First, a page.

7 years, 10 months ago
Just hours before Russia escalated the crisis by recognizing the independence of two separatist Georgian provinces, Mr Saakashvili said Russian forces had advanced to the strategic Akhalgori heights 10 miles from Tbilisi.
Michael Totten has written a good article from Georgia, and its introduction is hard hitting and informative.
BILISI, GEORGIA – Virtually everyone believes Georgian President Mikheil Saakashvili foolishly provoked a Russian invasion on August 7, 2008, when he sent troops into the breakaway district of South Ossetia. “The warfare began Aug. 7 when Georgia launched a barrage targeting South Ossetia,” the Associated Press reported over the weekend in typical fashion.
Virtually everyone is wrong. Georgia didn’t start it on August 7, nor on any other date. The South Ossetian militia started it on August 6 when its fighters fired on Georgian peacekeepers and Georgian villages with weapons banned by the agreement hammered out between the two sides in 1994. At the same time, the Russian military sent its invasion force bearing down on Georgia from the north side of the Caucasus Mountains on the Russian side of the border through the Roki tunnel and into Georgia. This happened before Saakashvili sent additional troops to South Ossetia and allegedly started the war.
Read Michael’s whole article. Michael is always worth reading no matter what the subject is. Michael said “virtually” everyone believes …,” and that’s good. Readers of TCJ knew better, as we previously said that the war was about Russian hegemony and the reconstruction of the Soviet empire (the title of this article is no accident or slip of the tongue).
The Russians are now dug in, and Kim Zigfeld writing for Pajamas Media has asked the next obvious question.
A few months ago, the issue of Ukraine’s admission to NATO was debated. NATO told Ukraine that it was “only a matter of time” before it would be granted membership.
Let’s be blunt: That time has now run out. NATO must act immediately, and it must do more than simply give Ukraine a promise of defense. It must arm Ukraine to the teeth. It must make it such a hard target that the lunatics who “govern” neo-Soviet Russia will not even consider moving against it, as they recently did in Georgia.
The reasons are so obvious that they hardly need to be stated.
The role played by Russia’s Black Sea Fleet in brutally assaulting Ukraine has not been sufficiently reported, but Ukraine understands it only too well. Last week, Ukraine demanded that Russia give 72 hours notice before activating war ships at its naval base in Crimea, on Ukrainian territory (similar to the U.S. base in Guantanamo, Cuba). Russia said it would simply ignore the demand. The Moscow Times reported: “The chief of Ukraine’s General Staff, Serhiy Kirichenko, promised to fulfill Yushchenko’s decree. ‘The president’s decree on the Black Sea Fleet will, of course, be implemented on the territory of Ukraine. The Defense Ministry and the General Staff are among those state bodies responsible for this task.’”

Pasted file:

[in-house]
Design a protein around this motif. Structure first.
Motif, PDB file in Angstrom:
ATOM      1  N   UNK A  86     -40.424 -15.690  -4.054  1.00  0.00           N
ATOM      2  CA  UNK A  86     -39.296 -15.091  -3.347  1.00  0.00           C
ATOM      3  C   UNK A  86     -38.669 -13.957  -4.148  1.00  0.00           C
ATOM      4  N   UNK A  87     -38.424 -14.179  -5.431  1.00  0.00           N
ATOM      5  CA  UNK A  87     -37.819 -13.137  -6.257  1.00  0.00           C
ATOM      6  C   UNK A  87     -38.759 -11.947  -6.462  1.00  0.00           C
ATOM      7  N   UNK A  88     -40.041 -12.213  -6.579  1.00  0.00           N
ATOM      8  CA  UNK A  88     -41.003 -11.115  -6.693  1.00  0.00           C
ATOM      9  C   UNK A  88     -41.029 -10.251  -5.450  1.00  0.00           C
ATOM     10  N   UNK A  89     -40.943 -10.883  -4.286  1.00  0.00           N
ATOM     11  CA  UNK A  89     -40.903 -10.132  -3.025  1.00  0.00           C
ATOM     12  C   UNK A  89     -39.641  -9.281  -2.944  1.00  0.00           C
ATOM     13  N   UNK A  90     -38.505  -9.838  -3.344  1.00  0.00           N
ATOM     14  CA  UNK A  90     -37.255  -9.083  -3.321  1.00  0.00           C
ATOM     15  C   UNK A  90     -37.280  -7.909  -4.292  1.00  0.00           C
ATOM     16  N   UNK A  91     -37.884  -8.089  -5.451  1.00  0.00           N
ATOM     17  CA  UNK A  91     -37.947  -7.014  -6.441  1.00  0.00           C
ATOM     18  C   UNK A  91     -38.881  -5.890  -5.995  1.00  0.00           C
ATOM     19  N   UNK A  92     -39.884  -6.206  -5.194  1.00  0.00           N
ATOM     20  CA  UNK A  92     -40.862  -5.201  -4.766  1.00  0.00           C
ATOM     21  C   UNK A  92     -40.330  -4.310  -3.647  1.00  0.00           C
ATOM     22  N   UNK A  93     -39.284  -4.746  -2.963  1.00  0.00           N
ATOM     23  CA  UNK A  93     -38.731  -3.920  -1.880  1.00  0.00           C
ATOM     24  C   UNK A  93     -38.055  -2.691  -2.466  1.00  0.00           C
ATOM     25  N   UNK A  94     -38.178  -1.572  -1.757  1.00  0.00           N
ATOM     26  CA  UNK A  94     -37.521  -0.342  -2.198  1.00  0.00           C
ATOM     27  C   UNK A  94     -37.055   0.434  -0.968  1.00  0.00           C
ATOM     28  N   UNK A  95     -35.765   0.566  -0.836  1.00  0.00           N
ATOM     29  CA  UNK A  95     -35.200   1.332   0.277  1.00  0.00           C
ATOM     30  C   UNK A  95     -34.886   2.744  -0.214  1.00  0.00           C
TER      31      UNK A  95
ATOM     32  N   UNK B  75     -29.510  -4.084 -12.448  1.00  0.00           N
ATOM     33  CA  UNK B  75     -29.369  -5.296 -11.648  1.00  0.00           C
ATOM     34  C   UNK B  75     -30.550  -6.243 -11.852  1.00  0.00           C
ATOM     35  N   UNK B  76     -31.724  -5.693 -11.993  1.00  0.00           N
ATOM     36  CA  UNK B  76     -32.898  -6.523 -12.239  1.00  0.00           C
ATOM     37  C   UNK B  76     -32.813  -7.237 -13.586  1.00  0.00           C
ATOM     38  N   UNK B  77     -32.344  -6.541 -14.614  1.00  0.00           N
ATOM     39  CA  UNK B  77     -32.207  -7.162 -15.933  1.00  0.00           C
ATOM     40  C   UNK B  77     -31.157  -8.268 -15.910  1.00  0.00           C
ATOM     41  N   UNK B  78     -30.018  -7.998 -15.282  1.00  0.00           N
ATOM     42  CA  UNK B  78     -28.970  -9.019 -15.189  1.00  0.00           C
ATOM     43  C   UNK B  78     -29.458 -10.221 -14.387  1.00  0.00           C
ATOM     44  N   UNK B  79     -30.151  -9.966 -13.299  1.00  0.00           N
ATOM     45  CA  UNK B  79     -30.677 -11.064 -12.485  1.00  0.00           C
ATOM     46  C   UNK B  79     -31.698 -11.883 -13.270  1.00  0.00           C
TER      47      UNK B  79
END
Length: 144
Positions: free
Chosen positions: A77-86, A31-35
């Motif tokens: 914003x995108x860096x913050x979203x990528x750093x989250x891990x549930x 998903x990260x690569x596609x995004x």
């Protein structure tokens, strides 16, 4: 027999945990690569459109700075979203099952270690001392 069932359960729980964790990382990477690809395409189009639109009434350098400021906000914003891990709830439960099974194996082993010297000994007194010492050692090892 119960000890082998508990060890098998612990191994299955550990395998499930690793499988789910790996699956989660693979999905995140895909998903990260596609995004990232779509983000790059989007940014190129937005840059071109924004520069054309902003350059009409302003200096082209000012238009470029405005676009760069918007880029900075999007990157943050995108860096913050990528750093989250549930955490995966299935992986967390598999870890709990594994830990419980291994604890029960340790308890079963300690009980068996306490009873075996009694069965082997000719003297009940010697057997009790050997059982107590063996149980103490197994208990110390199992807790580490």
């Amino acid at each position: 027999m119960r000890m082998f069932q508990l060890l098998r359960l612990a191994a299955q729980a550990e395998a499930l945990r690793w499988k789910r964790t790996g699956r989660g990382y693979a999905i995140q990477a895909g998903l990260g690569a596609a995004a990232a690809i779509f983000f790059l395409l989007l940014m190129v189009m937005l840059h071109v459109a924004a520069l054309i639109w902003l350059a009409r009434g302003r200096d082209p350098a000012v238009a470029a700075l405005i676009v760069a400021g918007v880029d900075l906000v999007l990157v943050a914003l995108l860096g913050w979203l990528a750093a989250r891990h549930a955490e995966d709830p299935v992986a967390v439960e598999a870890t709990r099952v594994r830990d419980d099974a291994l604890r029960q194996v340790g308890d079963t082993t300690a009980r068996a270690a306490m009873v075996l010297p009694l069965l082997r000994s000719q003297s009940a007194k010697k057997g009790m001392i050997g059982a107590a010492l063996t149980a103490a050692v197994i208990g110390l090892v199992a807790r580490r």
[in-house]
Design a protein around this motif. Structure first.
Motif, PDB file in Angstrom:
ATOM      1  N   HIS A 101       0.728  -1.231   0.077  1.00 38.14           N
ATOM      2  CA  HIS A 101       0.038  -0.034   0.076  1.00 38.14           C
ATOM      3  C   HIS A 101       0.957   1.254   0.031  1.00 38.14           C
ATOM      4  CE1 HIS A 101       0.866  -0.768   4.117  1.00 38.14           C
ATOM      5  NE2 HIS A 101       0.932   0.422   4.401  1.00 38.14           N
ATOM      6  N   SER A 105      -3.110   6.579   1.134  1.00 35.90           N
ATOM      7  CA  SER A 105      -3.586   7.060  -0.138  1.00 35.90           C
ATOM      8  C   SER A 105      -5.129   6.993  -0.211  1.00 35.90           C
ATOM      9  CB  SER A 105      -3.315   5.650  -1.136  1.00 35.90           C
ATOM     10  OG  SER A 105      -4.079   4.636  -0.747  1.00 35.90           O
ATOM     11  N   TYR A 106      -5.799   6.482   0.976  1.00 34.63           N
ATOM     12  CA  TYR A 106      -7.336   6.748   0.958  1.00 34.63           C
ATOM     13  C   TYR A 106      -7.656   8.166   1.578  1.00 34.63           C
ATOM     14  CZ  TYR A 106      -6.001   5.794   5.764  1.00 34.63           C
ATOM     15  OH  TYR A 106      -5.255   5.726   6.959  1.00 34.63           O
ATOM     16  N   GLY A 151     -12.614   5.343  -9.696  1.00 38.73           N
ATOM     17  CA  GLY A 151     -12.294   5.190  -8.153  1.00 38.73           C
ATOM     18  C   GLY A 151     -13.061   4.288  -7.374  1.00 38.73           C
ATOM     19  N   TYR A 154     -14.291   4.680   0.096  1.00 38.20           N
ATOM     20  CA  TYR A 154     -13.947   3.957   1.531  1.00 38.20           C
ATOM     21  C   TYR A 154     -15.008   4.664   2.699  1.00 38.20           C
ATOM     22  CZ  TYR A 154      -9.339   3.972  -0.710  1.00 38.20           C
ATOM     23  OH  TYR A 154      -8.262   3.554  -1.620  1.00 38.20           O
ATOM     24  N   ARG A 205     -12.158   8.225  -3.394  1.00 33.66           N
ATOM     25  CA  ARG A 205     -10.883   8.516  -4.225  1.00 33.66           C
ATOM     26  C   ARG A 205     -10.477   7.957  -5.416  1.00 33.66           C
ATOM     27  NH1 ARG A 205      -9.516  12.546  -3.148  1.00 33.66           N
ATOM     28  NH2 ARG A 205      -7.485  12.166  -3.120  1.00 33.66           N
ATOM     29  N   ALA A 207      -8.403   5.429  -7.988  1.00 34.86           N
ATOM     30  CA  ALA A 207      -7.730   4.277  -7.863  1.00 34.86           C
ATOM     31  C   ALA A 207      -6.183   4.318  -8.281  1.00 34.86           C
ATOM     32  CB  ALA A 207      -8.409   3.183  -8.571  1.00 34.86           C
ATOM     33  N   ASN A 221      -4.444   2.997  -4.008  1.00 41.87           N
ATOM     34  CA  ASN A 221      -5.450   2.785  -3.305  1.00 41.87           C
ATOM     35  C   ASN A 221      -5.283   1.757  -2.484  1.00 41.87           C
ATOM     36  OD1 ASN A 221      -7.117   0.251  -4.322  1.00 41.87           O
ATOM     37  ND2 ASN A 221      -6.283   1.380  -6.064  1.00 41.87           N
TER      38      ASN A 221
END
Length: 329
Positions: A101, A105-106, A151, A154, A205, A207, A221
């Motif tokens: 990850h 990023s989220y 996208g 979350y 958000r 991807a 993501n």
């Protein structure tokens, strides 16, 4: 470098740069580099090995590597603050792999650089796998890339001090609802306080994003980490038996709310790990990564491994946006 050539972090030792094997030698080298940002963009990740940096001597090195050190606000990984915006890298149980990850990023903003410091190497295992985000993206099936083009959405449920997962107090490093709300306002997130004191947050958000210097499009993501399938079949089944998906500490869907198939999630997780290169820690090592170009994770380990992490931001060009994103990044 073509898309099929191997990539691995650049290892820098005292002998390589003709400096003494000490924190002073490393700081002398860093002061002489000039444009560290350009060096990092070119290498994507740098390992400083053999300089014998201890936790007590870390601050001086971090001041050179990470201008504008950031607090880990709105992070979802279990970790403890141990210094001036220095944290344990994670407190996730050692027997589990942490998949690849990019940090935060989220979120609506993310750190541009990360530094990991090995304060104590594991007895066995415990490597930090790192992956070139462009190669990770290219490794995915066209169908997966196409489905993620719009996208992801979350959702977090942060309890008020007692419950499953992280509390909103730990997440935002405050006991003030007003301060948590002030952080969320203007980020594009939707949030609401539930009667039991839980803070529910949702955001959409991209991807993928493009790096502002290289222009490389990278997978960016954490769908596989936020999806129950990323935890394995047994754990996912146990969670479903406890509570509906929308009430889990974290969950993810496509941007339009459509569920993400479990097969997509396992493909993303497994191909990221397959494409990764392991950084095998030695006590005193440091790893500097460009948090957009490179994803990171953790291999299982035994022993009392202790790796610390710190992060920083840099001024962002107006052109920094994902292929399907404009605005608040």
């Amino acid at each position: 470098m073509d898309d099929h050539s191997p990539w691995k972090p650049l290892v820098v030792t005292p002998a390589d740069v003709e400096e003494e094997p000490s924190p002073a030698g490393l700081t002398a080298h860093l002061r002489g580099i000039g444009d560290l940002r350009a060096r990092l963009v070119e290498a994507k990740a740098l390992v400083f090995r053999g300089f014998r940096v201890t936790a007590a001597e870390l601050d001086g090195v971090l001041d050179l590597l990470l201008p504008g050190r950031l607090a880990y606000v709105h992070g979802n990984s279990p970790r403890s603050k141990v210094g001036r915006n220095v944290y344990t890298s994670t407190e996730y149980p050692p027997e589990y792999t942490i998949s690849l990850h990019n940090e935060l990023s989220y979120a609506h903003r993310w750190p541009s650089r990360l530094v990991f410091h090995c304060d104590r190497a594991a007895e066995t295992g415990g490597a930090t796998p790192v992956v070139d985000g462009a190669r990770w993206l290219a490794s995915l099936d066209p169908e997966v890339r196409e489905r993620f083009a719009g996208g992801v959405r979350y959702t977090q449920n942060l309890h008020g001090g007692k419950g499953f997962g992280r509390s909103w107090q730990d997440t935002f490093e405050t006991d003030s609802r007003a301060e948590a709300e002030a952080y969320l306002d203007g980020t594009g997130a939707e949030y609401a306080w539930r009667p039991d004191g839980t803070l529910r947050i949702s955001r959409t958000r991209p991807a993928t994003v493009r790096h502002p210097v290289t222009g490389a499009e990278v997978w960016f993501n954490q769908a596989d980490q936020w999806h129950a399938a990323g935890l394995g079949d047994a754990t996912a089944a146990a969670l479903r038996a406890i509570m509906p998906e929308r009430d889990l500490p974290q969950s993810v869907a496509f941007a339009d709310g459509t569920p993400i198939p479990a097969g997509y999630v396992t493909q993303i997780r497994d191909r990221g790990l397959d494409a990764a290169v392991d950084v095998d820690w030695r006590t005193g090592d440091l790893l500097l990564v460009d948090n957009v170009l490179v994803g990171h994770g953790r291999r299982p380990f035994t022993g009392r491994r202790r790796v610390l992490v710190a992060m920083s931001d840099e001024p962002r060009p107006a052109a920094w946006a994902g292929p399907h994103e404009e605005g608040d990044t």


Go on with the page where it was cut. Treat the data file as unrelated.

As Ukraine stands up for its comrade Georgia, demanding that Russia not use ships based in Ukraine to blockade or otherwise torment Georgia without at least giving due notice to their host, Russia uses this as a pretext to ratchet up its confrontation rather than defuse it. It is a clear signal that Russia’s intentions towards Ukraine are at least as malevolent as they are towards Georgia, if not more so.
Or perhaps there are a couple of questions:  when will Russian designs for the Ukraine be effected, and  how fast can we arm the Ukraine and prepare to defend her?
Do you still doubt Russian intentions? Listen to Dmitry Medvedev concerning Russian recognition of the independence of South Ossetia:
Russia is not afraid of a new Cold War taking hold and is ready for “anything,” Russian President Dmitry Medvedev said on Tuesday in a television interview.
“We’re not afraid of anything (including) the prospect of a Cold War. Of course we don’t need that … Everything depends on the stance of our partners and the world community and our partners in the West,” Medvedev told the Russia Today channel in comments translated into English.
Asked whether Russia was ready for the consequences of recognising Abkhazia and South Ossetia, Medvedev said: “If they want to preserve good relations with Russia, they will understand the reason for taking such a decision and the situation will be calm.”
The world remains a very dangerous and brutal place, and Russia is looking to rebuild the Soviet empire, even at the cost of a new cold war. The faster we can get on top of this series of events, the easier, cheaper, and safer we will be. Lethargy and delays will only make the situation more dangerous, costly and difficult down the road.
If NATO cannot bring itself to arm the Ukraine and come to her defense, then there is no reason for its existence, and it has proven itself to be what we knew it was all along – a paper tiger. This might be the one good thing that comes from the Russian aggression.
Note: See Saakashvili’s statement on Russian actions.
Prior at TCJ: